Chris Christie: Time to get serious about your weight, Governor

Governor Christie, it is time to get serious about your weight.  Get a girlfriend and the correct support. Photo: Chris Christie, Now and Then

WASHINGTON, DC, February 10, 2013 ― Well, Governor Christie, you have certainly brought attention to yourself with all this talk-show discussion about your weight.

Governor, I need to talk to you candidly.

I can’t speak from a doctor’s perspective, but I can speak as someone who struggles with weight. While I have never been larger than a size 18, which is not uncommon for a woman in her 50’s these days, I have paid dearly for the extra 40 pounds I’ve carried.  

Chris Christie, take a seat: You cannot say you are a healthy fat person. That person does not exist.

Believe me, I know.  

Like you, I have a more than full time job, high stress, long hours, seven days a week. That is what it takes to be successful in your office and my profession. But it takes its toll, because that never-ending stress causes our bodies to release cortisol, the stress hormone.

Those long hours also make healthy eating extremely difficult. We reach for the foods that are easy to grab in the least time, or we forget to eat all together, and that is an even more dangerous thing to do.

I do not believe for a minute that you dine regularly on donuts, as you joked on David Letterman. But I do believe you are not being honest with yourself because you are not taking the time to make your health a priority.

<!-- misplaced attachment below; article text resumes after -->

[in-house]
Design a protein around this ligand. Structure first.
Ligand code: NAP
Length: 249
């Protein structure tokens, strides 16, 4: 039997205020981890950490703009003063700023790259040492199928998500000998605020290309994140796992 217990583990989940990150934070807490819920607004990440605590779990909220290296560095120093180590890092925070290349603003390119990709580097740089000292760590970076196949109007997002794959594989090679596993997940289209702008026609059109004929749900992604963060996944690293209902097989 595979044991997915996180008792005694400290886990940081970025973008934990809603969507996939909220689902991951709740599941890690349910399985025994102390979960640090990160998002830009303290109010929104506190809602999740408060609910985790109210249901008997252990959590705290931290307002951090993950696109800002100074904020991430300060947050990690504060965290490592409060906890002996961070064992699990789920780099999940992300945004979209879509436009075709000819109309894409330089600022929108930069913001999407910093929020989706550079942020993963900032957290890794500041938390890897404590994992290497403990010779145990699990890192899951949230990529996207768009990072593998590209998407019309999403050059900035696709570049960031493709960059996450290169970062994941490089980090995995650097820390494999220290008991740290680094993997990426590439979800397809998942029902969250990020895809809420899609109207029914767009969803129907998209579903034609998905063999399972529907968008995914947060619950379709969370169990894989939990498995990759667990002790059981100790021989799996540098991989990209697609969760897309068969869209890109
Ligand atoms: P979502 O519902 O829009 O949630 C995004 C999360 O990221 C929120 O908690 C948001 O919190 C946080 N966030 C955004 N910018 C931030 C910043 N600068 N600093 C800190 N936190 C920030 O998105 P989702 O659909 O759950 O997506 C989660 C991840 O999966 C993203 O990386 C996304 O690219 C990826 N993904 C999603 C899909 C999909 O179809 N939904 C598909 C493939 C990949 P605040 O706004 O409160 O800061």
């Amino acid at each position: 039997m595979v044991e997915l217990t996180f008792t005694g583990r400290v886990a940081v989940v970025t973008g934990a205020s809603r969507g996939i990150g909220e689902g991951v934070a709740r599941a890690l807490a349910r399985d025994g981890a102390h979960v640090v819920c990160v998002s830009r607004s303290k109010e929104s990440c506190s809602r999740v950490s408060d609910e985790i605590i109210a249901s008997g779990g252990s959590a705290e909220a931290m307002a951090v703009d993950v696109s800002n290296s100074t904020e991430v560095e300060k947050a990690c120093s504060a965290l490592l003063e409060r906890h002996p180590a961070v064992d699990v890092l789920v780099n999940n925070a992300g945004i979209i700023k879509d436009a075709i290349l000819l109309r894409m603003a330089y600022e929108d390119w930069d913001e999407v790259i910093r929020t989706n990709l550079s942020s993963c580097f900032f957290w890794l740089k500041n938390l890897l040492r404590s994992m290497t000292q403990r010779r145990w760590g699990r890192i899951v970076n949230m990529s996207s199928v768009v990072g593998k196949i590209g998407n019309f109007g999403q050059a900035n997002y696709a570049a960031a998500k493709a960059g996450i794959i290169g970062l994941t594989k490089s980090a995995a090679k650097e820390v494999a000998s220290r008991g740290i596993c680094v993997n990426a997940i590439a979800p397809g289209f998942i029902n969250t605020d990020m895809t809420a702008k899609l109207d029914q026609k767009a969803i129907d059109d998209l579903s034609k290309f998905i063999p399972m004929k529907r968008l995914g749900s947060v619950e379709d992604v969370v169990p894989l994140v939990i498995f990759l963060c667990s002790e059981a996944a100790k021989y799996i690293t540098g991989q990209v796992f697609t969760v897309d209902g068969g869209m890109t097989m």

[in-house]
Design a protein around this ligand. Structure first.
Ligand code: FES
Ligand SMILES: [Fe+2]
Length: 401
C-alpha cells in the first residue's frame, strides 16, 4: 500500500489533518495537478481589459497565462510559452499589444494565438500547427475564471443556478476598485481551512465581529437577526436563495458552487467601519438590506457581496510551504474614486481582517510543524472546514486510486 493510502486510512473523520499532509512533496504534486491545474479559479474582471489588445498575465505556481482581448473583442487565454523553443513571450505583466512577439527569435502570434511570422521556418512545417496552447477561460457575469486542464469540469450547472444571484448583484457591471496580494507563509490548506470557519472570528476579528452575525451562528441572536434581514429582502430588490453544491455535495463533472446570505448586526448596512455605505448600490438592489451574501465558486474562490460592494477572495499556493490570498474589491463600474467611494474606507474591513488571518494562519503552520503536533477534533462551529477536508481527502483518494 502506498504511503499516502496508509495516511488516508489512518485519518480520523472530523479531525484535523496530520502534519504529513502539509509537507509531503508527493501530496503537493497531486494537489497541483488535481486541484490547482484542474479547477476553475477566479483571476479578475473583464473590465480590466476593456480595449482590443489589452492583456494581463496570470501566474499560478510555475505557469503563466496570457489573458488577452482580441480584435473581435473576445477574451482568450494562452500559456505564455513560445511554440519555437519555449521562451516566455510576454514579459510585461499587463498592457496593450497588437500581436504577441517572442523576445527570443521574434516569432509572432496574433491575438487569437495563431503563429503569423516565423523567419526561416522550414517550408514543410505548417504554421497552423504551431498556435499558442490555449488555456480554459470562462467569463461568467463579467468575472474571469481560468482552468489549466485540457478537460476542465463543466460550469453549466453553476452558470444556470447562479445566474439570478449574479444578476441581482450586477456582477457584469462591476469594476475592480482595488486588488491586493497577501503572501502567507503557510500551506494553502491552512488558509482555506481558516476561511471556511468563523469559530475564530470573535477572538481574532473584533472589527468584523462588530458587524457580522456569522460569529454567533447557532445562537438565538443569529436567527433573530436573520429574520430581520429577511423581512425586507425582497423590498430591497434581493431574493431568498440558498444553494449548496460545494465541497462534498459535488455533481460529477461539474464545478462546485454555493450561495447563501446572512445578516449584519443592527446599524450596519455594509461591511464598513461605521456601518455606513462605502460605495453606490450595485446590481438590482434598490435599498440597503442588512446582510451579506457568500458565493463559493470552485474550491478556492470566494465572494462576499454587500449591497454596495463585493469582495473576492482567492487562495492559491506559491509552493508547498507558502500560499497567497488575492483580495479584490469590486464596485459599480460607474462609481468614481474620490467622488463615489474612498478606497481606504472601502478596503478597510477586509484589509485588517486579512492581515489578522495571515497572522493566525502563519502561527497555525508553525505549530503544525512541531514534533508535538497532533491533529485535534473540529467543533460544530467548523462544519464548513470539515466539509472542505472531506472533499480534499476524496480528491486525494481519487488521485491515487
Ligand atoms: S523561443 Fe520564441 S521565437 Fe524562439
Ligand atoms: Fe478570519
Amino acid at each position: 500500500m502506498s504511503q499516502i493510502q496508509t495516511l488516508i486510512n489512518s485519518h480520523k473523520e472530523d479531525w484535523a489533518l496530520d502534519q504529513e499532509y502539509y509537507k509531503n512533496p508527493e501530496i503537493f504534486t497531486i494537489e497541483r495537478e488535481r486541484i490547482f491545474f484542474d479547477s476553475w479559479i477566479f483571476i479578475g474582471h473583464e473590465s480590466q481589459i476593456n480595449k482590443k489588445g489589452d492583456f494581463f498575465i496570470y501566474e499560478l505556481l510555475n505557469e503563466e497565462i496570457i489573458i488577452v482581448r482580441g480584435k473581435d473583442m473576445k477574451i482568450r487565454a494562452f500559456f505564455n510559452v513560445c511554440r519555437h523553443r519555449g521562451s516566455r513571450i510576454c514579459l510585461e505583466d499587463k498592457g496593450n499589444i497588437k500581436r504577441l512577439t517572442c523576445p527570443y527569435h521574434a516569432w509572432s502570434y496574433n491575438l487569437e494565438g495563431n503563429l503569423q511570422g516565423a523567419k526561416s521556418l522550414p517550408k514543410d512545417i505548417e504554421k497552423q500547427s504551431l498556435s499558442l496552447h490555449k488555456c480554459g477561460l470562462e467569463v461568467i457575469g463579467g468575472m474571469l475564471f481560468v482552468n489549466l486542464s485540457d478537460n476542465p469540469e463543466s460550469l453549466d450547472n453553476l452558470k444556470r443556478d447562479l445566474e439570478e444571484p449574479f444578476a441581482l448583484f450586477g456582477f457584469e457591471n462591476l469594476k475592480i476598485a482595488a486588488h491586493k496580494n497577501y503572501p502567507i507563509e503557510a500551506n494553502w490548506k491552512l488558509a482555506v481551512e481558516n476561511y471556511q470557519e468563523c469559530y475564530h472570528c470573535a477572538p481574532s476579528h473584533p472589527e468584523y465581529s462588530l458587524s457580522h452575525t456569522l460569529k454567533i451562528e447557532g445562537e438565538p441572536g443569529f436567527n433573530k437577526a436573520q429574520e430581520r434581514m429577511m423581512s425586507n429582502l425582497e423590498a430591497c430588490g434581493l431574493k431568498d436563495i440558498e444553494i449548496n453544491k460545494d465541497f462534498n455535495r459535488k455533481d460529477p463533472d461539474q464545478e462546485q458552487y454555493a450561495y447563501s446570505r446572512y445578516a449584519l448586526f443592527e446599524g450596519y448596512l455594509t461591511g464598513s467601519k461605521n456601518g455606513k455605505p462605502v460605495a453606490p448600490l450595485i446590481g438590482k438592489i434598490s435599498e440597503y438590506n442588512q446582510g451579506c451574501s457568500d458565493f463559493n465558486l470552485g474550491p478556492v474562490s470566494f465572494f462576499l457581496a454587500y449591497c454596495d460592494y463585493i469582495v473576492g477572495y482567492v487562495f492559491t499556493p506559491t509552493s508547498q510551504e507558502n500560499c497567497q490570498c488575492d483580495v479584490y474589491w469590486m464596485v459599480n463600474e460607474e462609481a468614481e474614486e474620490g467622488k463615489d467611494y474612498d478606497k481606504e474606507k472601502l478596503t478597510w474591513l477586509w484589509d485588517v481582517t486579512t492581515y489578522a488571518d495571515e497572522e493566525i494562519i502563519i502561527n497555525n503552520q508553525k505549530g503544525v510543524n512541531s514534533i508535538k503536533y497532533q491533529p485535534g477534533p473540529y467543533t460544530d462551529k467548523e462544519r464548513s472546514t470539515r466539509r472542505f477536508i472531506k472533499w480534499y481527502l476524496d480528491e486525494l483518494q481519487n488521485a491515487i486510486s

Chris (if I can call you that), I believed I was one of those “healthy” fat people. Then I was diagnosed with type II diabetes, my eyesight began to fail dramatically, I could not catch my breath and my heart labored.

A trip to the cardiologist showed my heart is in fundamentally good shape, because I am a “healthy” fat person, or so I thought. 

But we both know, as do the doctors, that it is only a matter of time before our bad health choices catch up to us. We are, in fact, ticking time bombs, and we will die from our excesses.

My goal to get healthy again and regain my eyesight has begun to pay dividends beyond just a smaller dress size. The journey has also given me the emotional happiness and perspective that comes from really feeling good.

Here is some practical advice from me, the perspective of someone who is not a medical professional but who has lived the high-stress, bad-diet life: You need protein to lose weight. Never eat sugar or any product with hidden high fructose content. Any and all flour-based products are bad for you, and that includes bread, pasta, and even donuts. You need to eat all the time, but never a lot. 200 calories six to seven times a day is working wonders for me. 

A good nutritionist will help you figure out what you need to eat, and how often.

If you plan to take supplements, you should take the right vitamins, herbal supplements, and protein powders for you, and for that you need to consult a naturopath.

That’s right, a naturopath, not a medical doctor. Your medical doctor knows what bad diet will do to you and will fight the good fight (but the ultimately losing one) to fix the devastation your weight will cause, but she’s not the one to help you create a detailed dietary battle plan.